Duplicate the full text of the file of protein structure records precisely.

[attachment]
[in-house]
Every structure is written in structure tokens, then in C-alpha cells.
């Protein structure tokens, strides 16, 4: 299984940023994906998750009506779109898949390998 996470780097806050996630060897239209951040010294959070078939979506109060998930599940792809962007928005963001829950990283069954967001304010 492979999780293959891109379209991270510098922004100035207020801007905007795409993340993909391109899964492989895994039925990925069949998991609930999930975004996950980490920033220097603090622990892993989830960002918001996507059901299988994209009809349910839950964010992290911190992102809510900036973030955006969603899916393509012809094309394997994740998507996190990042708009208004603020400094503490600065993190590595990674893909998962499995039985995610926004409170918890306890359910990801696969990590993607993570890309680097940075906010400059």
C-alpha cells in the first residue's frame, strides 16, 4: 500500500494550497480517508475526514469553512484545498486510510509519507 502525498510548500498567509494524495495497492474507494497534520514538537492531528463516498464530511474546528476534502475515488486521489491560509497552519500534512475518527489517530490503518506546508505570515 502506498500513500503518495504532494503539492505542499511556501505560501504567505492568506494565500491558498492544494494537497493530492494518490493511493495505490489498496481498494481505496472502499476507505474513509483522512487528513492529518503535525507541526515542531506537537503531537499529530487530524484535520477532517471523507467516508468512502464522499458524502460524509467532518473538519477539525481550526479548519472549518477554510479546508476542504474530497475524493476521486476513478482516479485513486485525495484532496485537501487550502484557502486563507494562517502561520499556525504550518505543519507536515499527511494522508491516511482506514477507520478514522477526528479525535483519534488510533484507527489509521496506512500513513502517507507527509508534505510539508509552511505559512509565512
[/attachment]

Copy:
[in-house]
Every structure is written in structure tokens, then in C-alpha cells.
């Protein structure tokens, strides 16, 4: 299984940023994906998750009506779109898949390998 996470780097806050996630060897239209951040010294959070078939979506109060998930599940792809962007928005963001829950990283069954967001304010 492979999780293959891109379209991270510098922004100035207020801007905007795409993340993909391109899964492989895994039925990925069949998991609930999930975004996950980490920033220097603090622990892993989830960002918001996507059901299988994209009809349910839950964010992290911190992102809510900036973030955006969603899916393509012809094309394997994740998507996190990042708009208004603020400094503490600065993190590595990674893909998962499995039985995610926004409170918890306890359910990801696969990590993607993570890309680097940075906010400059």
C-alpha cells in the first residue's frame, strides 16, 4: 500500500494550497480517508475526514469553512484545498486510510509519507 502525498510548500498567509494524495495497492474507494497534520514538537492531528463516498464530511474546528476534502475515488486521489491560509497552519500534512475518527489517530490503518506546508505570515 502506498500513500503518495504532494503539492505542499511556501505560501504567505492568506494565500491558498492544494494537497493530492494518490493511493495505490489498496481498494481505496472502499476507505474513509483522512487528513492529518503535525507541526515542531506537537503531537499529530487530524484535520477532517471523507467516508468512502464522499458524502460524509467532518473538519477539525481550526479548519472549518477554510479546508476542504474530497475524493476521486476513478482516479485513486485525495484532496485537501487550502484557502486563507494562517502561520499556525504550518505543519507536515499527511494522508491516511482506514477507520478514522477526528479525535483519534488510533484507527489509521496506512500513513502517507507527509508534505510539508509552511505559512509565512